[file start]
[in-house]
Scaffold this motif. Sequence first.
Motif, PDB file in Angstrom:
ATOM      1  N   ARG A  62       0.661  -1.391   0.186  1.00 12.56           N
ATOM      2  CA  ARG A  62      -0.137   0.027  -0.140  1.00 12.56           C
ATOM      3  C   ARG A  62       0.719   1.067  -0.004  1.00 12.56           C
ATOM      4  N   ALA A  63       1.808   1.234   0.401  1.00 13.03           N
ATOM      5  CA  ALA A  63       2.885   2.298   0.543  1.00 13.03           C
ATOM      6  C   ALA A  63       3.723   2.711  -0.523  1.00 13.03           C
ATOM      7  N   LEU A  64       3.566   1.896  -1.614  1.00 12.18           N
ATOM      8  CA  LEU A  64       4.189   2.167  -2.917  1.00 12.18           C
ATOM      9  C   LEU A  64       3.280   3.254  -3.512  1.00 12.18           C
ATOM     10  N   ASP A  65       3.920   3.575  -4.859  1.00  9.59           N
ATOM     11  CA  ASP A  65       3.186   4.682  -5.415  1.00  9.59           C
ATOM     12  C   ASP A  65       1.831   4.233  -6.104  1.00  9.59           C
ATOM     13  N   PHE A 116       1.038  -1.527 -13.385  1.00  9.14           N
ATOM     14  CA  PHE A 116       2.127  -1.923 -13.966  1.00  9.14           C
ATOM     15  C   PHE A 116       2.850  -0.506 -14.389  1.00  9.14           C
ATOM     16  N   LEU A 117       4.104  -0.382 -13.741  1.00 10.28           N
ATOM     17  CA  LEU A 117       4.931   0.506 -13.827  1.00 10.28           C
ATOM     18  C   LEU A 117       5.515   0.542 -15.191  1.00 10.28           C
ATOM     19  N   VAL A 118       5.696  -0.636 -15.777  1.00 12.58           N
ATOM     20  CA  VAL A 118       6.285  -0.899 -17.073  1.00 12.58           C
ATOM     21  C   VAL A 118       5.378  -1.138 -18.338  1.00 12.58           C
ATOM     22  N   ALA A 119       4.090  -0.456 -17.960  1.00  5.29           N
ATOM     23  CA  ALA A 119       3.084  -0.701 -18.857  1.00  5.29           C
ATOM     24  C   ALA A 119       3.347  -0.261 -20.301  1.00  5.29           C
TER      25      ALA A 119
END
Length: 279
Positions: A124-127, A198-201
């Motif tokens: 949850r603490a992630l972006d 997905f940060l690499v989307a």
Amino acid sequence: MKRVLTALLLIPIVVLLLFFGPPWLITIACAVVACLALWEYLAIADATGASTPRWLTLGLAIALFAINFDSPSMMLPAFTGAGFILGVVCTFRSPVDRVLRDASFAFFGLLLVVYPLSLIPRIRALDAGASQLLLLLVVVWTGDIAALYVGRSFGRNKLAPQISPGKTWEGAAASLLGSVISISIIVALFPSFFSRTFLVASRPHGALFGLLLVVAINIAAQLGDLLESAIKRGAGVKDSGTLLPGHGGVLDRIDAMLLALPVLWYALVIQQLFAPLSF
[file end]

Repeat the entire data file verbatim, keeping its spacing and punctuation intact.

[in-house]
Scaffold this motif. Sequence first.
Motif, PDB file in Angstrom:
ATOM      1  N   ARG A  62       0.661  -1.391   0.186  1.00 12.56           N
ATOM      2  CA  ARG A  62      -0.137   0.027  -0.140  1.00 12.56           C
ATOM      3  C   ARG A  62       0.719   1.067  -0.004  1.00 12.56           C
ATOM      4  N   ALA A  63       1.808   1.234   0.401  1.00 13.03           N
ATOM      5  CA  ALA A  63       2.885   2.298   0.543  1.00 13.03           C
ATOM      6  C   ALA A  63       3.723   2.711  -0.523  1.00 13.03           C
ATOM      7  N   LEU A  64       3.566   1.896  -1.614  1.00 12.18           N
ATOM      8  CA  LEU A  64       4.189   2.167  -2.917  1.00 12.18           C
ATOM      9  C   LEU A  64       3.280   3.254  -3.512  1.00 12.18           C
ATOM     10  N   ASP A  65       3.920   3.575  -4.859  1.00  9.59           N
ATOM     11  CA  ASP A  65       3.186   4.682  -5.415  1.00  9.59           C
ATOM     12  C   ASP A  65       1.831   4.233  -6.104  1.00  9.59           C
ATOM     13  N   PHE A 116       1.038  -1.527 -13.385  1.00  9.14           N
ATOM     14  CA  PHE A 116       2.127  -1.923 -13.966  1.00  9.14           C
ATOM     15  C   PHE A 116       2.850  -0.506 -14.389  1.00  9.14           C
ATOM     16  N   LEU A 117       4.104  -0.382 -13.741  1.00 10.28           N
ATOM     17  CA  LEU A 117       4.931   0.506 -13.827  1.00 10.28           C
ATOM     18  C   LEU A 117       5.515   0.542 -15.191  1.00 10.28           C
ATOM     19  N   VAL A 118       5.696  -0.636 -15.777  1.00 12.58           N
ATOM     20  CA  VAL A 118       6.285  -0.899 -17.073  1.00 12.58           C
ATOM     21  C   VAL A 118       5.378  -1.138 -18.338  1.00 12.58           C
ATOM     22  N   ALA A 119       4.090  -0.456 -17.960  1.00  5.29           N
ATOM     23  CA  ALA A 119       3.084  -0.701 -18.857  1.00  5.29           C
ATOM     24  C   ALA A 119       3.347  -0.261 -20.301  1.00  5.29           C
TER      25      ALA A 119
END
Length: 279
Positions: A124-127, A198-201
């Motif tokens: 949850r603490a992630l972006d 997905f940060l690499v989307a």
Amino acid sequence: MKRVLTALLLIPIVVLLLFFGPPWLITIACAVVACLALWEYLAIADATGASTPRWLTLGLAIALFAINFDSPSMMLPAFTGAGFILGVVCTFRSPVDRVLRDASFAFFGLLLVVYPLSLIPRIRALDAGASQLLLLLVVVWTGDIAALYVGRSFGRNKLAPQISPGKTWEGAAASLLGSVISISIIVALFPSFFSRTFLVASRPHGALFGLLLVVAINIAAQLGDLLESAIKRGAGVKDSGTLLPGHGGVLDRIDAMLLALPVLWYALVIQQLFAPLSF